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Zika Virus Outbreak

Zika Virus Funding Battle in Congress ‘Simply Inexcusable’

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Trapped mosquitoes arrive at the Harris County Public Health and Environmental Services Mosquito Control Division for study on July 8. Jennifer Weiss / NBC News

The failure of Congress to approve any money to help fight Zika is "simply inexcusable" and a "dereliction of duty," senators said during a hearing Wednesday, with just two days left before a long break means no money before autumn.

As senators traded accusations at the hearing, Texas reported a baby was born in Houston's Harris County with microcephaly, the disturbing birth defect that's become the hallmark of Zika virus infection.

Image: teams from U.S. CDC and Brazilian health workers go into one of the epicenters of Zika in Brazil
A municipal health worker draws blood from 3-month-old Shayde Henrique, who was born with microcephaly, in Joao Pessoa, Brazil, Andre Penner / AP

"I strongly believe that inaction on Zika is simply inexcusable," said Florida Senator Marco Rubio, a Republican who chairs the subcommittee holding the hearing. Florida is one of the states most at risk of local Zika spread, because it is home to the Aedes mosquitoes that can transmit the virus. Florida also gets plenty of travel from Latin American countries hardest hit by the infection.

Related: Answers to Your Questions About Zika

Public health officials have been begging to be funded for months now to prepare for, study and fight Zika, which is spreading rapidly across Latin America and the Caribbean. The Centers for Disease Control and Prevention says more than 1,100 travelers have shown up infected in the continental U.S., including close to 400 pregnant women.

One more joined that count Wednesday, a woman who gave birth to a baby with microcephaly in the Houston area.

"The mother traveled from Latin America, where she was likely infected, and the baby acquired the infection in the womb. Neither baby nor mother are infectious, and there is no additional risk in Texas," the Harris County health department said in a statement. "This is the first Zika-related microcephaly case in Texas."

Treating a child with such a severe birth defect can cost $10 million or more over a lifetime, CDC director Dr. Tom Frieden told Wednesday's panel.

It's not clear who will have to pay the bill for the child born in Texas, said Dr. Umair Shah, who heads the county health department.

"We don't collect insurance information, but regardless of the type of coverage she has, we know there will be a significant cost associated with sustained care, which is more reason we need those federal dollars," Shah told NBC News.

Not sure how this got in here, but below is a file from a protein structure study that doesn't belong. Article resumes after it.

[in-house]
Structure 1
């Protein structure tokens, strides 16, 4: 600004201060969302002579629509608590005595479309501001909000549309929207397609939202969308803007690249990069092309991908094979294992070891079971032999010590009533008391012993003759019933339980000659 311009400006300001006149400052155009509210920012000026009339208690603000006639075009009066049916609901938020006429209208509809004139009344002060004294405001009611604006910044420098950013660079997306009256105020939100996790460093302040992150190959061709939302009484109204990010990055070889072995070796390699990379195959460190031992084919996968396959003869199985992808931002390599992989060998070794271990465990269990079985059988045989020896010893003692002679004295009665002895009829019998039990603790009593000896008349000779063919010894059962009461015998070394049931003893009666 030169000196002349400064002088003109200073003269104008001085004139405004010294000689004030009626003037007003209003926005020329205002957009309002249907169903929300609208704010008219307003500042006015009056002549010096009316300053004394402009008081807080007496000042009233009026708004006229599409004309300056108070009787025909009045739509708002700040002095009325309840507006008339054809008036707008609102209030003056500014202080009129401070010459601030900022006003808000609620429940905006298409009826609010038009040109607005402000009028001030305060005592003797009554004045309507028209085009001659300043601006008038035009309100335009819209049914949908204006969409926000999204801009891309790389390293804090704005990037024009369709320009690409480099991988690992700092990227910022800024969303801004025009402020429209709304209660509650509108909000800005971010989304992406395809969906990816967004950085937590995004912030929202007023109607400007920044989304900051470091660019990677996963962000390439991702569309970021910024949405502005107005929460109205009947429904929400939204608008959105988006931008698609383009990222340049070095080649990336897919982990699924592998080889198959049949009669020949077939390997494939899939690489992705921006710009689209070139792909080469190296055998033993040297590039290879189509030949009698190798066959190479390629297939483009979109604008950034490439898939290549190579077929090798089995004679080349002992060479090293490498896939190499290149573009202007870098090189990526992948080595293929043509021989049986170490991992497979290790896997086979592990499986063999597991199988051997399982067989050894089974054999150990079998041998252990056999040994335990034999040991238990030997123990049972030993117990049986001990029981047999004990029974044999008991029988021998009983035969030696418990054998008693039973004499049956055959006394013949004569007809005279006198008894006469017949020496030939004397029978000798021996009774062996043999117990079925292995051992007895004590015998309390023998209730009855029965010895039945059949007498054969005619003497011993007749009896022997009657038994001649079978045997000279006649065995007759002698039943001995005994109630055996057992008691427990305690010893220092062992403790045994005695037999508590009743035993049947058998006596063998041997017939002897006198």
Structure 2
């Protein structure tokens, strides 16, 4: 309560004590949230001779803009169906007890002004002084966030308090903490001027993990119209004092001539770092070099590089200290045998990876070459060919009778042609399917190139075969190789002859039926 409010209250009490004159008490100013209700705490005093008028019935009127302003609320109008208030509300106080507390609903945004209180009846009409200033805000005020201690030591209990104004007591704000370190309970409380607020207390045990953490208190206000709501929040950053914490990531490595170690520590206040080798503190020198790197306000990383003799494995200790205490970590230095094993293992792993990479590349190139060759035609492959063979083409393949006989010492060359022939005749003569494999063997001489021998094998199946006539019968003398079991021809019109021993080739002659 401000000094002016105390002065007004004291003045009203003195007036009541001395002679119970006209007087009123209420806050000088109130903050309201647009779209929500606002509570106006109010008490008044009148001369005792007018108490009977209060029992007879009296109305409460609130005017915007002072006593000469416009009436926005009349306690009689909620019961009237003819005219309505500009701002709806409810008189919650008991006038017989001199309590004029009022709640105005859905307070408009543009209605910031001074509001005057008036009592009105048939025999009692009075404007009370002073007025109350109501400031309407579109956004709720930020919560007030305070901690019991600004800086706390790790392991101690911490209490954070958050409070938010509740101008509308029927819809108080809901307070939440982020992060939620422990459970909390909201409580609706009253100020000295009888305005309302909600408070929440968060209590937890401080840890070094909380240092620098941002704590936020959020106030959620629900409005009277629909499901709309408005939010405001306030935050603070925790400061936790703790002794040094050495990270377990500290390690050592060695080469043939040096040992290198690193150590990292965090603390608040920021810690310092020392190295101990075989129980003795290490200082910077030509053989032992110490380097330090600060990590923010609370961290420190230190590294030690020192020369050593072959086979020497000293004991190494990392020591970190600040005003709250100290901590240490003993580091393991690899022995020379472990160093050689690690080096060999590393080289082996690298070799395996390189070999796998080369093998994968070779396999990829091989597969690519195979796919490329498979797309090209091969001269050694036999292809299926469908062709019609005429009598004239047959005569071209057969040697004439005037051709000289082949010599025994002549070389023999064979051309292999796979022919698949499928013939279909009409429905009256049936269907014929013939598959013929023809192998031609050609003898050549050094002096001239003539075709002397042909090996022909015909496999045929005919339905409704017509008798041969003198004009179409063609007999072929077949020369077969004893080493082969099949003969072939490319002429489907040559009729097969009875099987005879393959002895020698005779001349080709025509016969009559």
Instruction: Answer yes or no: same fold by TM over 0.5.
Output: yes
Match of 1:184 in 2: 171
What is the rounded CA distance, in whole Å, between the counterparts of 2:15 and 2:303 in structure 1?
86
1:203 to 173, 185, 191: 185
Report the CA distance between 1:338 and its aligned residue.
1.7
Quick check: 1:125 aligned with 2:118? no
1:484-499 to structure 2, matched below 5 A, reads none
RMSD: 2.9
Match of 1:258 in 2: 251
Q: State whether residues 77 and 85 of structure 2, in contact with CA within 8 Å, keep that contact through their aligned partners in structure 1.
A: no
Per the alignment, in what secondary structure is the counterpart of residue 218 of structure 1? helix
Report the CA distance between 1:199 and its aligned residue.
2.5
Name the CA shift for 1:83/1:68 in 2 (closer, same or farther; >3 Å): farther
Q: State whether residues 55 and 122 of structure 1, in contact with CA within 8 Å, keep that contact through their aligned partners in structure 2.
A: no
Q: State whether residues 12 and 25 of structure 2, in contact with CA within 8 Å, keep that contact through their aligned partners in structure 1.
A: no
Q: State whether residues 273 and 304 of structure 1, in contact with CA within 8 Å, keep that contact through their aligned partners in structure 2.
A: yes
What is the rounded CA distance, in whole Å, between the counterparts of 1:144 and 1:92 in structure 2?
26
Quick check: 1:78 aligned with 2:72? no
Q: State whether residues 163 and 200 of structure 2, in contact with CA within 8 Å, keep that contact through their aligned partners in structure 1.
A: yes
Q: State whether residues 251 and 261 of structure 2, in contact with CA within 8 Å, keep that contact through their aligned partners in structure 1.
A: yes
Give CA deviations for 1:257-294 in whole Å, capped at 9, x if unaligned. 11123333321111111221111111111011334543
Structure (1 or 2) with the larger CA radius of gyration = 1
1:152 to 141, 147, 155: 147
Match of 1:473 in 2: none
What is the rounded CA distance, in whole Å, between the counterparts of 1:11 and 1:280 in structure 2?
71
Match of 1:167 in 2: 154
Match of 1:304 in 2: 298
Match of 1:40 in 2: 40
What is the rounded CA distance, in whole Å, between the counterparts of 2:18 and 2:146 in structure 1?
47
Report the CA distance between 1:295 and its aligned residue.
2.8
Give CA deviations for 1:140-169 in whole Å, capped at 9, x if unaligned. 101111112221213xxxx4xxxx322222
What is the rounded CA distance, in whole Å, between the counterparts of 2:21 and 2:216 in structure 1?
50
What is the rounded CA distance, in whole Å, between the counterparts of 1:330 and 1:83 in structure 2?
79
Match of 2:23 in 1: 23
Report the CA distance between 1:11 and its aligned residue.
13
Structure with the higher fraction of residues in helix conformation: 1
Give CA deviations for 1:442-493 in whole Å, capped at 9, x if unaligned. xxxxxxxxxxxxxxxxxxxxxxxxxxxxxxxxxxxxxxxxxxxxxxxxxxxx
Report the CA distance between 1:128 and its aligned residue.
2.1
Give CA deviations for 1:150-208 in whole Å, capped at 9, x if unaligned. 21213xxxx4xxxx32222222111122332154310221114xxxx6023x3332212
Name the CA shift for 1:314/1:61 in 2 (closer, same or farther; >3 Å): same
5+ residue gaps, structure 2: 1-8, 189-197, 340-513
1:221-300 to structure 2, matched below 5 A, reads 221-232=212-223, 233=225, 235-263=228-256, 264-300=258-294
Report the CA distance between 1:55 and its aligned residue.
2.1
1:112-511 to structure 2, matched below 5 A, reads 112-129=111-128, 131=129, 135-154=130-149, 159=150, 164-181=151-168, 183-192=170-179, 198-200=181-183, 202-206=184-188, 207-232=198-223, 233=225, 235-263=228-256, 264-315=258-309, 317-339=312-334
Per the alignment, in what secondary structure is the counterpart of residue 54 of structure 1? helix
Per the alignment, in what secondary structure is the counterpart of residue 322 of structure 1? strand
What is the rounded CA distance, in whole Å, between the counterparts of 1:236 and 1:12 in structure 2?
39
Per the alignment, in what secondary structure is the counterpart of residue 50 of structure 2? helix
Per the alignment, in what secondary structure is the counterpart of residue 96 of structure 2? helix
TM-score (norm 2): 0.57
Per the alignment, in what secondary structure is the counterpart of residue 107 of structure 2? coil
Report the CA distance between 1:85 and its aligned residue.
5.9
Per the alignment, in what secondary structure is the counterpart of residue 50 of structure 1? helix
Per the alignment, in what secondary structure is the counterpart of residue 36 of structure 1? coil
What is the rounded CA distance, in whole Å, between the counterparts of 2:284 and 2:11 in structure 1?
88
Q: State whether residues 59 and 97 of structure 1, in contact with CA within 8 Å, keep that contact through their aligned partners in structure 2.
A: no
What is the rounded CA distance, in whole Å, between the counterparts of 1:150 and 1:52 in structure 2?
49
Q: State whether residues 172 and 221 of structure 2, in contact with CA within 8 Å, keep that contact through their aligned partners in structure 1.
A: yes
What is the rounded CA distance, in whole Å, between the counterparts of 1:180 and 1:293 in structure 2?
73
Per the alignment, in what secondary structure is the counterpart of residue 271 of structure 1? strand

President Barack Obama asked for $1.9 billion back in February and Democrats in Congress immediately backed that. Republicans, wanting more accountability, balked, and a bipartisan compromise was worked out in the spring. But that went nowhere.

"It disappeared down a black hole of partisanship," said California Sen. Barbara Boxer, a Democrat.

"I am so disgusted with this situation," she added. "I am, as you can see, a little worked up."

Republican leaders instead offered a bill loaded with "poison pills" — provisions known to be unacceptable to the other side in politics.

"A bill that actually restricts funding for birth control in the United States and Puerto Rico," Boxer said. "Even though they know…it's part of the first line of defense (against Zika)."

Congress leaves for a long summer break Friday and many health leaders have given up on hope that the money will come.

"This is why people hate Congress. This is why people hate Washington," said Sen. Tim Kaine, a Virginia Democrat.

Related: Bracing for Zika- the Mosquito Hunters

"Time has run out," a group of 50 organizations led by the March of Dimes, the American Academy of Pediatrics, the American Public Health Association and others said in a letter to leaders in Congress.

"If only 10 percent of Zika infections among pregnant women cause some degree of brain damage - and estimates are that microcephaly alone could occur in up to 13 percent of cases, not to mention other birth defects — this translates to more than 50 infants who will be impacted just among the currently known cases."

Frieden says the money is needed to test people for Zika, especially pregnant women; to study how the virus affects babies; to help eradicate mosquitoes and to develop new pesticides; to develop a vaccine and to care for the babies that area affected.

Federal agencies have already shifted funds from other programs they also consider vital.

"We had dollars that we had planned to use starting in October to continue fighting Ebola in Africa," he said. The epidemic that infected 28,000 people and killed 11,000 is over, but the virus keeps flaring back up and the CDC says it will almost certainly continue to do so.

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As summer mosquito season hits its peak, public health officials say it's just a matter of time before a traveler infects a mosquito in the U.S. and there's a local outbreak of Zika.

Related: Invisible Zika Epidemic Frustrates Officials

Inevitably, more pregnant women will be affected. "You find out today they're pregnant. Nine months from now you find out if there's a problem," said Sen. Johnny Isakson, a Georgia Republican.

"We must begin to meet the Zika virus with a sense of urgency we have not seen up to now," he added. "It will be professional malpractice on our part if we leave here for seven weeks and have not done this."